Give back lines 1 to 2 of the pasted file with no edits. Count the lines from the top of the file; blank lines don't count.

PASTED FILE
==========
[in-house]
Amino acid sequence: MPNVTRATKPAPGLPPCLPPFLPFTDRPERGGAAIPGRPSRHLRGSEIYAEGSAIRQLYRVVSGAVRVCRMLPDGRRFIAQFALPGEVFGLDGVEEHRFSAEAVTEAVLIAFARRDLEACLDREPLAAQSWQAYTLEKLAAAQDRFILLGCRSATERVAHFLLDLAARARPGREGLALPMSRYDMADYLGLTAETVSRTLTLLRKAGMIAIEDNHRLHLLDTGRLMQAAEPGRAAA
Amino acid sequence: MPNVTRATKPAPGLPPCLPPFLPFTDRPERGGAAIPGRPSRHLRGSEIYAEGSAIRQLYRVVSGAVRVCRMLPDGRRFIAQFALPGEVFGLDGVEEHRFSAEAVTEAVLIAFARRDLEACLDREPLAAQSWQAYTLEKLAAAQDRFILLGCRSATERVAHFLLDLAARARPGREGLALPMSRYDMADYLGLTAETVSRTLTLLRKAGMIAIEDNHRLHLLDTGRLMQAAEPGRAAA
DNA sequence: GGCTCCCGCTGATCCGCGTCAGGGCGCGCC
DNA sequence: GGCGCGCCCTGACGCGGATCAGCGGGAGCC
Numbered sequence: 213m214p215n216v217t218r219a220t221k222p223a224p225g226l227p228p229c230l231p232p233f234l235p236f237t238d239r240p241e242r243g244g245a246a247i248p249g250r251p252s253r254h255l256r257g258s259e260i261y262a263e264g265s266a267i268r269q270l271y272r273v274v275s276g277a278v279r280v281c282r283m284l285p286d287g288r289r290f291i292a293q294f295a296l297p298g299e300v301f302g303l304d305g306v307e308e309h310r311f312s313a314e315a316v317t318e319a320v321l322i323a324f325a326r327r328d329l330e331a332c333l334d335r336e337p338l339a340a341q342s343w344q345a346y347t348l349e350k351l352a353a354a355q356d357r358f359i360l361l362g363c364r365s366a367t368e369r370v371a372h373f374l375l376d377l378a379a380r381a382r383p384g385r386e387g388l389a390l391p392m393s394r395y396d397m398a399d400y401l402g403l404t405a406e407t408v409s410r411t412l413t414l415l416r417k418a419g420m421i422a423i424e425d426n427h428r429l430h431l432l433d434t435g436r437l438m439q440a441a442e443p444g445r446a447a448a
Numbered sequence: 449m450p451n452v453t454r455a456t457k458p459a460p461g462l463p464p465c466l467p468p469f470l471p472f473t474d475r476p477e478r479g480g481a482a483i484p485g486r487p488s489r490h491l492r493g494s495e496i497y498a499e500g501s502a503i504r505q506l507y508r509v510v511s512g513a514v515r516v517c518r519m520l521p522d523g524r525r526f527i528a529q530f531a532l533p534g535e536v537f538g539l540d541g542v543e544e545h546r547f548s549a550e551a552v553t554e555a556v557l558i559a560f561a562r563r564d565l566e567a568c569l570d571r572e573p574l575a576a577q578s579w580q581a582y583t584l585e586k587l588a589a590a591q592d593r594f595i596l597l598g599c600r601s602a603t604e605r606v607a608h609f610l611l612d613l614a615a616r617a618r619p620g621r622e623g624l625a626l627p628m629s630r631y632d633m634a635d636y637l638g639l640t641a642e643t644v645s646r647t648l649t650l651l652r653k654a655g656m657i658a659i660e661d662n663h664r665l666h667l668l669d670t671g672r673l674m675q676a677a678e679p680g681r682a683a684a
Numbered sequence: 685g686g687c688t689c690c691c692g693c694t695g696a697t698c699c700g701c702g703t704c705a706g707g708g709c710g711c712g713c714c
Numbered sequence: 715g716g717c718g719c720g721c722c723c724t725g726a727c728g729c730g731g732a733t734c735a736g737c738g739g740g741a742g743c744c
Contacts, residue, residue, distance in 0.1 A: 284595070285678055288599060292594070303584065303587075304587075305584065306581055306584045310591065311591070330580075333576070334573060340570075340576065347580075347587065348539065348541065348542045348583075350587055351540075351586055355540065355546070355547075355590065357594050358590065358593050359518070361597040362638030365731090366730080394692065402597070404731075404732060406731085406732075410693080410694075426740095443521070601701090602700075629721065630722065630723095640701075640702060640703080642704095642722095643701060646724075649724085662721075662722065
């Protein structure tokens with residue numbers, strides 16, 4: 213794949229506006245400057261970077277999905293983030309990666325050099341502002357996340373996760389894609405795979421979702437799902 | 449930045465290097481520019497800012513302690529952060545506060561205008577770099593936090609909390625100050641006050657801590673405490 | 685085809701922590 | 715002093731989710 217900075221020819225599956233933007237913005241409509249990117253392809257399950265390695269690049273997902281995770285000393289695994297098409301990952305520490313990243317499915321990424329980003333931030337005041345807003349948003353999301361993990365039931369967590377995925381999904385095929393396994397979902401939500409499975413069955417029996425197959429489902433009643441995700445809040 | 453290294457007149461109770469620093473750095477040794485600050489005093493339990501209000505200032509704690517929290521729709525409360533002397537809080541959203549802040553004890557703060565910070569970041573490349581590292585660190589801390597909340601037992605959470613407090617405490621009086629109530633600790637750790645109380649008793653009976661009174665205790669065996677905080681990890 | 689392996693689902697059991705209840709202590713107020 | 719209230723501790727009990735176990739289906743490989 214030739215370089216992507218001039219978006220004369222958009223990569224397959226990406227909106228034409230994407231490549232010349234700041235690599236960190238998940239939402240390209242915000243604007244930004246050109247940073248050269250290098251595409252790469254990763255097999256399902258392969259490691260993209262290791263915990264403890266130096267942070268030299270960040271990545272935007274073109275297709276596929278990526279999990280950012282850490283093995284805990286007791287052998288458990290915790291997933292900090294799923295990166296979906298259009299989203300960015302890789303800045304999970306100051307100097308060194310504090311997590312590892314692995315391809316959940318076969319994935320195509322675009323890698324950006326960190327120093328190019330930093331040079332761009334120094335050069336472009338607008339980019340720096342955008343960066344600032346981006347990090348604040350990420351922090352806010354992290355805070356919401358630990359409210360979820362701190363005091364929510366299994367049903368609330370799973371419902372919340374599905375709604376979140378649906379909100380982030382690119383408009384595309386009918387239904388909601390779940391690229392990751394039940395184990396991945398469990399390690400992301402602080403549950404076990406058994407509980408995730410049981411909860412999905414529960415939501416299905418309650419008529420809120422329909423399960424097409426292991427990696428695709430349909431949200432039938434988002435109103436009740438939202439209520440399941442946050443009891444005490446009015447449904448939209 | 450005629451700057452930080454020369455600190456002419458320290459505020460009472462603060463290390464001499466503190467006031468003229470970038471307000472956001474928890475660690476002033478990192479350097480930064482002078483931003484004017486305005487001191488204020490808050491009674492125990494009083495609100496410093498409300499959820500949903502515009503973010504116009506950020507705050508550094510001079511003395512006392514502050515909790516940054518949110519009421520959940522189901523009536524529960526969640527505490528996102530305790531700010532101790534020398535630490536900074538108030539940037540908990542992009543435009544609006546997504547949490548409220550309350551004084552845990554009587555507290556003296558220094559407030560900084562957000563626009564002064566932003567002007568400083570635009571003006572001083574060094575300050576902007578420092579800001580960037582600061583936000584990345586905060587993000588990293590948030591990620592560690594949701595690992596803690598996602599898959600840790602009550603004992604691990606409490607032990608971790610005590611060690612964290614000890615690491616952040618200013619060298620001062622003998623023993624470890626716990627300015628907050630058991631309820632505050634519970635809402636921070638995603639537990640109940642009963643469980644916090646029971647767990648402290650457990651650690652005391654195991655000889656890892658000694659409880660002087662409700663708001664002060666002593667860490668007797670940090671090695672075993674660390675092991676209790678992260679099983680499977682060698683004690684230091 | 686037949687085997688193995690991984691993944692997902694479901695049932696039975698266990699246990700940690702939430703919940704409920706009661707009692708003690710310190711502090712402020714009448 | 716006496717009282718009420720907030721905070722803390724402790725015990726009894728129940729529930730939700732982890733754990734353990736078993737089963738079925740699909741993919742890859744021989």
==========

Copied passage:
[in-house]
Amino acid sequence: MPNVTRATKPAPGLPPCLPPFLPFTDRPERGGAAIPGRPSRHLRGSEIYAEGSAIRQLYRVVSGAVRVCRMLPDGRRFIAQFALPGEVFGLDGVEEHRFSAEAVTEAVLIAFARRDLEACLDREPLAAQSWQAYTLEKLAAAQDRFILLGCRSATERVAHFLLDLAARARPGREGLALPMSRYDMADYLGLTAETVSRTLTLLRKAGMIAIEDNHRLHLLDTGRLMQAAEPGRAAA